THE Government is considering running a referendum to abolish the Seanad on the same day as the General Election.
If the proposal is approved, it will lead to an estimated saving of €25m per year.
Two government sources said the Fianna Fail-inspired plan had been discussed at ministerial level in recent weeks and was under active consideration.
It is understood that Green Party leader John Gormley has discussed the plan with Foreign Affairs Minister Micheal Martin and is willing to support it.
He is also personally in favour of reducing the number of government TDs -- but the Government has not made a final decision to proceed with a referendum on either of these two measures.
There was "deep suspicion" last night among the opposition about the plan, which comes more than a year after Fine Gael promised to hold a referendum to abolish the Seanad when it gets into power.
Fine Gael deputy leader James Reilly accused the Government of trying to muddy the waters ahead of the General Election.
"I believe this is a distraction away from the economic fiasco they have created and may be further used to procrastinate in relation to an early General Election," he said.
Mr Reilly said politicians had to lead by example in the current economic crisis, including cutting the number of TDs by 20.
"I think reforming ourselves and reducing the cost of the legislature to the taxpayer is an important move.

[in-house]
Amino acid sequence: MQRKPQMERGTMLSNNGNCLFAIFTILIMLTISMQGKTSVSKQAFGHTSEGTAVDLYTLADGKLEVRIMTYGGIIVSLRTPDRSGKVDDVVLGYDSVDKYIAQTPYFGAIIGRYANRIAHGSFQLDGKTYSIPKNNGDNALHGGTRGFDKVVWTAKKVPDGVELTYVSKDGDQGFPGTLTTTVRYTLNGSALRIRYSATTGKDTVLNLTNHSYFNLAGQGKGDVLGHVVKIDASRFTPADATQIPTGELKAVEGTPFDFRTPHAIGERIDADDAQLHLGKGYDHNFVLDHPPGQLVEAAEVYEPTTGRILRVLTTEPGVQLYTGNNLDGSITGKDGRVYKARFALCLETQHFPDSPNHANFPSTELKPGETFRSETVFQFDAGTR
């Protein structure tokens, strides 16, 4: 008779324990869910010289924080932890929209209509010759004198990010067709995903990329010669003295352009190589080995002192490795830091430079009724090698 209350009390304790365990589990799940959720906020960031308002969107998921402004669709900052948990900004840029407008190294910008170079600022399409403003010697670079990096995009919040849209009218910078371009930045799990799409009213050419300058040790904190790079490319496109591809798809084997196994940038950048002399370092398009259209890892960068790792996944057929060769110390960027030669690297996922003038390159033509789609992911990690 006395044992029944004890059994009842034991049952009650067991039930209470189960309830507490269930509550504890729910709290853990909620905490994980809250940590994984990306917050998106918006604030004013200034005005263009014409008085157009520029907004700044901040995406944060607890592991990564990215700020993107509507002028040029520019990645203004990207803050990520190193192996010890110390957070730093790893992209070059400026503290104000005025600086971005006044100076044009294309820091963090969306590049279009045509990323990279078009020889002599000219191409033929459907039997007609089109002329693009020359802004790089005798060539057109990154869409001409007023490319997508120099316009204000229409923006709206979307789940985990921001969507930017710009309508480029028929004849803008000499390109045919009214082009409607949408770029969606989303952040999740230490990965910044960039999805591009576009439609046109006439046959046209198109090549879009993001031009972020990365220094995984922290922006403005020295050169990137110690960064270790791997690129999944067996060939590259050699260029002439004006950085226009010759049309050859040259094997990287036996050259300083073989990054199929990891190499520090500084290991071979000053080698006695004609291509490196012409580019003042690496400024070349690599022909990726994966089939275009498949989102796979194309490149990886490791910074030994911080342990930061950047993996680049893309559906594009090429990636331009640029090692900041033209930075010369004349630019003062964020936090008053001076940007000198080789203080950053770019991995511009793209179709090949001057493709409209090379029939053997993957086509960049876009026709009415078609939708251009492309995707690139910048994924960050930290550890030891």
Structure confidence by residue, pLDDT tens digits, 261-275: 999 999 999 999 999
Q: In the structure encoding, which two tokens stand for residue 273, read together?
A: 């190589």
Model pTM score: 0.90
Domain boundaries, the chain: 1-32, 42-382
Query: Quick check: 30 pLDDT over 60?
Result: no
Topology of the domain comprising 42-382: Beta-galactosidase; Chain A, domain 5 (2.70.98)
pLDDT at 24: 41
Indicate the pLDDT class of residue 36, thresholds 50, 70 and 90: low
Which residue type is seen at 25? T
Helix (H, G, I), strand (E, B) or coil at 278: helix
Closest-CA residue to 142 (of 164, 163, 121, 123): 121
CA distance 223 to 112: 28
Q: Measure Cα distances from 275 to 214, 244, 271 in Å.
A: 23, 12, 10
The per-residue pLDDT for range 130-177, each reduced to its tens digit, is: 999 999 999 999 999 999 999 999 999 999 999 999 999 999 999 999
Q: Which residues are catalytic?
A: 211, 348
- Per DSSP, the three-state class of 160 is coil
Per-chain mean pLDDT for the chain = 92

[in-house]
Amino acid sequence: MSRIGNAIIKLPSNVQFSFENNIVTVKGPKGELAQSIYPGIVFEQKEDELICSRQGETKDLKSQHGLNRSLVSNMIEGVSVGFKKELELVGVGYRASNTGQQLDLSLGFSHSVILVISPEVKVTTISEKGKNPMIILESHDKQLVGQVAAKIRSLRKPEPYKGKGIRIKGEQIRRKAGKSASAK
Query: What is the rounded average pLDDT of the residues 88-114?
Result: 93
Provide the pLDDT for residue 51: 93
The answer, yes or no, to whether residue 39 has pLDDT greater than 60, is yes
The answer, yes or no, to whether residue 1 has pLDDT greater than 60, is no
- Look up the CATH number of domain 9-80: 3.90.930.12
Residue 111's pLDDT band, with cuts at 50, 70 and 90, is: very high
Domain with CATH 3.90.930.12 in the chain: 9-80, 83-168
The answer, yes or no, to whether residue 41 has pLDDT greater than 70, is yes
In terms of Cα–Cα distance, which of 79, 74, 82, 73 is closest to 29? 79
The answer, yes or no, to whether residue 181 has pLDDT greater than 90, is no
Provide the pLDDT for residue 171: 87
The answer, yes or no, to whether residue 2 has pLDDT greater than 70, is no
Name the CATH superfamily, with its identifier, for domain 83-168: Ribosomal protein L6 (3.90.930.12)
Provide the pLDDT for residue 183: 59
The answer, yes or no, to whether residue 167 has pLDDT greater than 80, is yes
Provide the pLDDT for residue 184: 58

"Saving in the region of €30m by reducing the Oireachtas by 35pc, including the abolition of the Seanad is something that should be done," he said.
Defence Minister Tony Killeen denied yesterday that the Government was procrastinating about the General Election.
He said it would take eight weeks to pass the Finance Bill to implement all the Budget 2011 measures, and accepted the most likely date for the General Election was, therefore, mid to late March.
There is a widespread belief in political circles that if a referendum were held on the same day to abolish the Seanad, it would be carried easily.
One Fianna Fail TD joked last night that there would be a "97pc" 'Yes' vote.
Labour TD Pat Rabbitte confirmed yesterday that his party's new public service reform document would include a commitment to abolish the Seanad.
But he criticised calls for outsiders to be appointed to positions of political power because elected politicians did not have the track record or the expertise to steer the ship of State.
He told RTE's 'This Week' that there were specific figures in the business and academic worlds who had been advancing the facile notion that "if only we halved the Dail and drew in this talent from the outside, then everything in the garden would be rosy".
"If that was the system, we would long since have made (former Anglo Irish Bank chairman) Seanie FitzPatrick Minister for Finance," he said.